The cowardly lion is yet another misfit character in the movie the Wizard of Oz. He was whiny, wimpy, complained all of the time and had an irritating habit of twisting his tail. He was a big baby that was constantly hiding behind everybody else when faced with trouble. Along the trip down the yellow brick road, he seemed to drag everyone down with the weight of his despair.
Here was this lion: greater than anything else, King of the Jungle, beast of beasts, larger than life, by all appearances, reduced to a beaten kitten. How could he not see this? He was a lion, that is what he was created to be.
Why didn’t he know it?
The Lion was taken from his mother as a cub. He was taken to a lab where experimental tests were performed on the young cub. He didn’t know that he was a King, he didn’t know that he was a magnificent animal and was a symbol of power, of courage. He didn’t know who he was and whose he was, thus, never acquiring the necessary lessons of life to warrant him to be the King of the Jungle. He is essentially withered to nothing but a wimpy kitten. Through his journey with Dorothy he was forced to step into the role he was meant to live and found that his courage was always there. What made the difference? He was loved and developed love for his companions, he had a reason to dig deep enough to find that courage, confidence and power within.
He didn’t know how strong he was until being strong was the only choice he had.
Courage is required in almost every basic human activity or endeavor. For instance, to allow yourself to love and commit to another person takes immense courage. Separating from our parents and forging an independent life for ourselves is a courageous act. To survive an abusive, traumatic or abandoned childhood with some sense of dignity and integrity intact demonstrates tremendous courage and resilience. Getting old demands courage, becoming 50 this year…takes courage.
Jesus Himself offered words of encouragement for our lives in this world: I have told you these things, so that in Me you may have [perfect] peace and confidence. In the world you have tribulation and trials and distress and frustration; but be of good cheer [take courage; be confident, certain, undaunted]! For I have overcome the world. [I have deprived it of power to harm you and have conquered it for you.] – John 16:33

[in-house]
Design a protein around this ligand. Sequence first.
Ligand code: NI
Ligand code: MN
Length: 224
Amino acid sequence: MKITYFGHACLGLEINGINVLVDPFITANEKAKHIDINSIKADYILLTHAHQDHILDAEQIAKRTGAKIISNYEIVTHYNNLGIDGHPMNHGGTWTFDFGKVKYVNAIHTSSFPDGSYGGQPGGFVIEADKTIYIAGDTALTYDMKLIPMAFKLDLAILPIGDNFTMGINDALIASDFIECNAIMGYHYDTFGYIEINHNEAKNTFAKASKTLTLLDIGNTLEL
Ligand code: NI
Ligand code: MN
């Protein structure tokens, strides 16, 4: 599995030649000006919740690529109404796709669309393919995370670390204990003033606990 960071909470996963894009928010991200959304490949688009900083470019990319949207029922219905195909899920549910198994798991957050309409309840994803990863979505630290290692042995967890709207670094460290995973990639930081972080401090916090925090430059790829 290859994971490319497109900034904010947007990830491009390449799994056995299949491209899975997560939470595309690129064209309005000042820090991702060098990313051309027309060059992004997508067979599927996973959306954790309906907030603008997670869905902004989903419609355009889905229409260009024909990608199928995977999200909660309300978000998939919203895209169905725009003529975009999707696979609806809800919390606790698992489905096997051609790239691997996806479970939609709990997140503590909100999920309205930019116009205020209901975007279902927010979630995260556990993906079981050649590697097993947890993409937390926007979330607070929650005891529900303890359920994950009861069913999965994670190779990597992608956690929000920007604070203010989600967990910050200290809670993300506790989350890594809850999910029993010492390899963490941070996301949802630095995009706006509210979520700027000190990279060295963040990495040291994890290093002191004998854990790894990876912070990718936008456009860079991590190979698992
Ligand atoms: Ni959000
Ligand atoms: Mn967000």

To persevere rather than quit. To act with integrity rather than being a crowd pleaser. To take responsibility rather than put blame. To embrace reality rather than retreat from it. To move forward in life rather than regress or stagnate. To create rather than destroy. To love rather than hate. To deal with your own imperfections, rather than not. To consciously face the inevitable facts of life rather than denying them. Courage is living the Word no compromises and what we don’t do with it. Like the Cowardly Lion, who constantly looks for courage outside himself, we may already be more courageous, more heroic, than we imagine. Acknowledging our past acts of courage, tapping into our innate capacity to be courageous. To know when you need help because of the daunting past, present and future, or whatever it may bring is courage.
Courageous people know what they must do and they do it, even though they may be very much afraid. The lesson here is that courage isn’t about acting in the absence of fear. It’s about acting regardless of our fears. Knowing who your are and whose you are! Ask yourself what can be against me? For the Lion of Judah goes before you!!! Psalm 8:31
“Be a Lion” ~ The Wiz
And with no fear inside, No need to run,
No need to hide
You’re standing strong and tall,
You’re the bravest of them all
If on courage
You must call
Then just keep on tryin’
You’re a lion
In your own way
Be a lion!